The History of the 52nd Regiment Of Foot (Light Infantry)
The Oxs & Bucks/The light BobsMarch:Lower Castle YardColours:
Buff & ScarletTrivia
Detailed SourcesThe 52nd Regiment Of Foot Wiki PageThe Peninsular War 1808-1814 British Battles
Lt John Gurwood of the 52nd is mentioned in the Sharpe series “Sharpe's Company “ at the Siege of Badajoz. His action of leading the forlorn hope followed by the 300 stormers led by 52nd Major George Napier at the siege of Ciudad Rodrigo is briefly mentioned.
The 52nd Regiment Of Foot were the first regular regiment to be designated “light infantry” in 1803, seeing many notable actions throughout the Peninsula Campaign and the final battle of Waterloo. Described by Sir William Napier as "a regiment never surpassed in arms since arms were first borne by men" The battles I have mentioned below are so far what I would consider to be the unheard or least spoken off battles, I will continue to add to the list, to try and cover the entire battle record and list sources to sites so others may find information about other regiments they have a interest in.
Battle of Copenhagen (1807) The Crippling of Denmark
The Battle of Copenhagen (1807)The Peninsular War
In 1807, Denmark having allied itself with France, the corps of light infantry (43rd, 52nd and 95th), led by Sir Arthur Wellesley, the future Duke of Wellington, were part of a force which bombarded and captured Copenhagen and with it the entire Danish fleet. The Battle of Køge was a battle on 29 August 1807 between British troops besieging Copenhagen and Danish militia raised on Sjælland. It ended in a British victory and was also known as the 'Træskoslaget' or 'Clogs Battle', since the poorly-equipped Danish militia threw their heavy wooden clogs away when they were fleeing.
Notable actions by the 52ndBattle of Viemrio
The battle began about 9:00 a.m. when General Junot sent Charlot's and Thomière's Brigades, along with seven guns, to attack the British on the ridgeline near Vimeiro. General Anstruther wrote later that:
"The enemy came rapidly along the road, directly in front of the 50th, and when within about nine hundred yards deployed to their left, so as to bring their front parallel to ours; heavy cannonade from our guns, which caused the enemy much loss, but did not check his advance. Brigadier-General Fane sent out nearly all the 60th and some companies 95th, to skirmish with their sharpshooters; after a good deal of firing our people were driven in. Sent the light company 97th and three companies 52nd to cover their retreat; the latter made a gallant stand, but were at length driven in almost to the position, and the enemy advanced to the edge of the copse, about one hundred and fifty yards from us."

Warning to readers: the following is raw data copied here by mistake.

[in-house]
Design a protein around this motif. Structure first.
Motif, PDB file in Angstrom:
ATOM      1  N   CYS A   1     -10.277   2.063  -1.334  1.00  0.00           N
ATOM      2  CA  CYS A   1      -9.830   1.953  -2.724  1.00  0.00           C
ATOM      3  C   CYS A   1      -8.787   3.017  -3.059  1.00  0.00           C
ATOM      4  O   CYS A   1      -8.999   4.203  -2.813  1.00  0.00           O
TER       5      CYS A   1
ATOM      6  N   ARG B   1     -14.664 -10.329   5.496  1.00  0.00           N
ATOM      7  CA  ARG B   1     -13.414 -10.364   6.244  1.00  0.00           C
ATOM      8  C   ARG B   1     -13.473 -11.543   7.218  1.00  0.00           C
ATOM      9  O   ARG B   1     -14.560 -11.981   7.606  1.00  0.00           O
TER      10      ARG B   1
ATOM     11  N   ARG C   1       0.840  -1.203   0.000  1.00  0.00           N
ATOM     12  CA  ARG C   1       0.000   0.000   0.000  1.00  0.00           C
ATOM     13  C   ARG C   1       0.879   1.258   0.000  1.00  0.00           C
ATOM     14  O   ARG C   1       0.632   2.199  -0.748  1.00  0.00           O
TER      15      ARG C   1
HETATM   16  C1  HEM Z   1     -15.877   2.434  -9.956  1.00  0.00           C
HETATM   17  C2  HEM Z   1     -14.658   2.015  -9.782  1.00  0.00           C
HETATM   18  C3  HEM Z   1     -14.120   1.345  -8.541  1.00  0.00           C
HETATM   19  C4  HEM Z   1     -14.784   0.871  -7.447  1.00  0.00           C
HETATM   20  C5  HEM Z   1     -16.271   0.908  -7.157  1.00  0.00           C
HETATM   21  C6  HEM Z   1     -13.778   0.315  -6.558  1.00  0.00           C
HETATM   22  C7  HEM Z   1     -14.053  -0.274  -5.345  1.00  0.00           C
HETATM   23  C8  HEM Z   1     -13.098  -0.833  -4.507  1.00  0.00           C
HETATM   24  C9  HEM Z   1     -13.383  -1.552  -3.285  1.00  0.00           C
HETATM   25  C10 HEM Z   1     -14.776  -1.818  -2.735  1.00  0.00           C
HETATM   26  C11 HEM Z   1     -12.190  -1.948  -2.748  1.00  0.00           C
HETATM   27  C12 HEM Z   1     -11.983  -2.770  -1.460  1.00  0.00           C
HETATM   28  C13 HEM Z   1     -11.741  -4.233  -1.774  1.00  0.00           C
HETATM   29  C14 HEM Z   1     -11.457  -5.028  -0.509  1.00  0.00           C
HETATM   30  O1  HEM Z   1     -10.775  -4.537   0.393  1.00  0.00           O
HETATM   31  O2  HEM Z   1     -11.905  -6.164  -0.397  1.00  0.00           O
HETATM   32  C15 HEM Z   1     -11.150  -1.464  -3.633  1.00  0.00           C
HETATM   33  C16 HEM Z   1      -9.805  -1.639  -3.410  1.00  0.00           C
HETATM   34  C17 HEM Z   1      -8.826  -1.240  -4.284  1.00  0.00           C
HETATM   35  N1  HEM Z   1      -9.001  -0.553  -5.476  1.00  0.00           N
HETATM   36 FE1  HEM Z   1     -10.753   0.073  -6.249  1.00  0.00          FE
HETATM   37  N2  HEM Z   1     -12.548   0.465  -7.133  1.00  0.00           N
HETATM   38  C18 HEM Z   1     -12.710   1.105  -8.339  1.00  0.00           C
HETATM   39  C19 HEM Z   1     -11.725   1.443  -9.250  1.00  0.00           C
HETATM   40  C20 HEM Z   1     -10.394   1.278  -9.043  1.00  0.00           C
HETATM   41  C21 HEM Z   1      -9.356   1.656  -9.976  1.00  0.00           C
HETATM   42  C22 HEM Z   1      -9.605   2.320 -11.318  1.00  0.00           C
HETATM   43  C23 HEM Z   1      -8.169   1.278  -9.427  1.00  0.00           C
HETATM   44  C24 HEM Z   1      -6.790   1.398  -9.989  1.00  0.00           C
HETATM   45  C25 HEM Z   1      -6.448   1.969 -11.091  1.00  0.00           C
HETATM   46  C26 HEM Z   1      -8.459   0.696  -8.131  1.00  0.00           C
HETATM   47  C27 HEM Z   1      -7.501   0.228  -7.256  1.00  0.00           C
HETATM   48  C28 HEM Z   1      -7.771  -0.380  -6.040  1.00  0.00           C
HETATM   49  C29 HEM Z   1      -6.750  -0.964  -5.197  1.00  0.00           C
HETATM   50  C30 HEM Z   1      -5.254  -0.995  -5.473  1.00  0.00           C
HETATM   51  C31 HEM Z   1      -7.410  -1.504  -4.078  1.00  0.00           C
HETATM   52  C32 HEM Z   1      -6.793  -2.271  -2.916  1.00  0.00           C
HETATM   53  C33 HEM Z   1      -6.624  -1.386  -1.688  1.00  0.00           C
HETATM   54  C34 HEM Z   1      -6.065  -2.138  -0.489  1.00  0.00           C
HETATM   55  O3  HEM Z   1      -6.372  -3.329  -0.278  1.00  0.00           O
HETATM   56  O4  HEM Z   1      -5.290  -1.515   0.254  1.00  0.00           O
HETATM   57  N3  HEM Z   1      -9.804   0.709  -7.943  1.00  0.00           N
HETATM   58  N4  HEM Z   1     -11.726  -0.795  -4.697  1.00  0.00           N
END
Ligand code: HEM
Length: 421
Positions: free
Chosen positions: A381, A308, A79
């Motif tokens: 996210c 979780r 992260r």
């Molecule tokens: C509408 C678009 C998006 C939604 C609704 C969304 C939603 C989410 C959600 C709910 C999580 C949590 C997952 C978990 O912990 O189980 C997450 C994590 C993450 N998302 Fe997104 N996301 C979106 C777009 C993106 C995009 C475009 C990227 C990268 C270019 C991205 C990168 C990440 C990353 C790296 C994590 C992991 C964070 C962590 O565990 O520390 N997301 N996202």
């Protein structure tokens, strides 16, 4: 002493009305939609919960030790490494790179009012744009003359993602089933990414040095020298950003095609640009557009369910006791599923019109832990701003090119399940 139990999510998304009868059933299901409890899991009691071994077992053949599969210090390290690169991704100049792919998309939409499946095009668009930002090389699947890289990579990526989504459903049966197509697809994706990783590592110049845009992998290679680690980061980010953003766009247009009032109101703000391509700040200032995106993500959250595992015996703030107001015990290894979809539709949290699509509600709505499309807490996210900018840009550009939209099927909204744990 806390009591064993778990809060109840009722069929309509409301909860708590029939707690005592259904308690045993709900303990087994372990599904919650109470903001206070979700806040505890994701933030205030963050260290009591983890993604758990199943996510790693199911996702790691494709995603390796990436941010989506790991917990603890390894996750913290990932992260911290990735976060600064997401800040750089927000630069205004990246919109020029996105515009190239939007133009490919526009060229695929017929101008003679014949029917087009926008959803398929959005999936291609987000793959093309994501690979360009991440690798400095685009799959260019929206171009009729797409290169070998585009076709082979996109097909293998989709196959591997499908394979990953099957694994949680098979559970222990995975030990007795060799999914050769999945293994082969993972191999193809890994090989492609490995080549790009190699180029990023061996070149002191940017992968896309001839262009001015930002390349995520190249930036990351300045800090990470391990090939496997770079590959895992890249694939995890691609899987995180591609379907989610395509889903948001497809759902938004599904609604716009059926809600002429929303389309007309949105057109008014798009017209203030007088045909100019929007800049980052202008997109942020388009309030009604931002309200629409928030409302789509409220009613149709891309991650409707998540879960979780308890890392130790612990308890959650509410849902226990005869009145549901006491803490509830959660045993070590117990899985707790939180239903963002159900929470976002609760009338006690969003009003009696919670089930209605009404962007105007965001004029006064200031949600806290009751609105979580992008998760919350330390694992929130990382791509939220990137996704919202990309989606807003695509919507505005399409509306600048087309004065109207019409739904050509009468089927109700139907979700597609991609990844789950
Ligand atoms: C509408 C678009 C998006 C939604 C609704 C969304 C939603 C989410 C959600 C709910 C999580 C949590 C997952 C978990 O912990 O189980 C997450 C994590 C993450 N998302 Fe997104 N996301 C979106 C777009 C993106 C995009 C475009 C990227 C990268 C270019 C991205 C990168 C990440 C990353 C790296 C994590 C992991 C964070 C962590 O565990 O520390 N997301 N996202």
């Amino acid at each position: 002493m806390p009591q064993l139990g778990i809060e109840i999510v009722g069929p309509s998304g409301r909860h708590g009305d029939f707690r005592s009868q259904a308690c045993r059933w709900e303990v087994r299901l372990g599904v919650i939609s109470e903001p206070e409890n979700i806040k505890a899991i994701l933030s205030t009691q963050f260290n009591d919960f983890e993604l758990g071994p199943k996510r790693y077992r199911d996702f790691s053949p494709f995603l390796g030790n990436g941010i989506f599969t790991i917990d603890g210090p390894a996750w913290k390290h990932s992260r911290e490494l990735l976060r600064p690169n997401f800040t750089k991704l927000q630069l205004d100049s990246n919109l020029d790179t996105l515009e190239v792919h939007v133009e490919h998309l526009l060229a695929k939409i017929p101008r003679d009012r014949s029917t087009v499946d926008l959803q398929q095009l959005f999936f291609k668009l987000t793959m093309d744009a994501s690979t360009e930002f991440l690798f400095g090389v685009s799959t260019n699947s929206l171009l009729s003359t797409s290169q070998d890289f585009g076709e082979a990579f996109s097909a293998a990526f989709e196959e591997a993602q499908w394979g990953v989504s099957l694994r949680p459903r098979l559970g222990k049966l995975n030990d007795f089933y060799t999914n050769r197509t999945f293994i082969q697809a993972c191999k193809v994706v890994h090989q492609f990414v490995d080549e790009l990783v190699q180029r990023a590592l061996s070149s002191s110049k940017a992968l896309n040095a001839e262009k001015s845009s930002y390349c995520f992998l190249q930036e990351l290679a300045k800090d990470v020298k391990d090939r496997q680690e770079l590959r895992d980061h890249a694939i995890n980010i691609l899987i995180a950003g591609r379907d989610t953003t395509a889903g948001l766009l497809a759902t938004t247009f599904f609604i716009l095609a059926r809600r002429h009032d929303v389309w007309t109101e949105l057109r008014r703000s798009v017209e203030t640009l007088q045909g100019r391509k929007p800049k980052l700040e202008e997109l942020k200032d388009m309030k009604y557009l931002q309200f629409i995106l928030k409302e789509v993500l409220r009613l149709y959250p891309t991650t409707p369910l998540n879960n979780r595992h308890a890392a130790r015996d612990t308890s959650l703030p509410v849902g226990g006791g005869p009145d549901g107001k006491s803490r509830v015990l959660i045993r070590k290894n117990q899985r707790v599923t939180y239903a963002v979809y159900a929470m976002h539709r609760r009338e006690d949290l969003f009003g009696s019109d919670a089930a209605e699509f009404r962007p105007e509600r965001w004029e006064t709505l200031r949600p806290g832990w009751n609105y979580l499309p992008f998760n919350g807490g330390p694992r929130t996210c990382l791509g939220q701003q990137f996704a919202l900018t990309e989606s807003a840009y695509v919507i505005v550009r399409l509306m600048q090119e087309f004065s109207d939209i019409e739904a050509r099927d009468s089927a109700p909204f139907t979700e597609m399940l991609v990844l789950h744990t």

Source:The Battle of ViemrioBattle of Corunna – The Rear Guard Action
Leading up to the battle of corunna, the french cavalry pursued the British Army the length of the journey, and a Reserve Division was set up to provide rearguard protection for the British troops. The core of this Reserve, commanded by Edward Paget, consisted of the 1/52nd and 1/95th battalions, who displayed none of the ill-discipline which plagued other regiments during the retreat, but "made a stand at every defile and riverline, buying time for the rest of the army to get away." Following the secondment of the 1/52nd and 1/95th to the Reserve, Craufurd's 1st Flank Brigade was reformed, and comprised the 1/43rd, 2/52nd and 2/95th. The 1st Flank Brigade deployed with the Reserve for a time, protecting the crossing of the river Esla near Benavente, before it separated from the Reserve and the main army and marched to Vigo, with over 4,000 other troops, for eventual transportation to England. The 1/52nd remained with the main army, which was caught by the French at Corunna. During the ensuing battle, in January 1809, Moore was killed; the army, including the 1/52nd, were evacuated to England
Source:The Battle of Corunna
Source:The Battle of CorunnaBattle of the Côa – A Near Disaster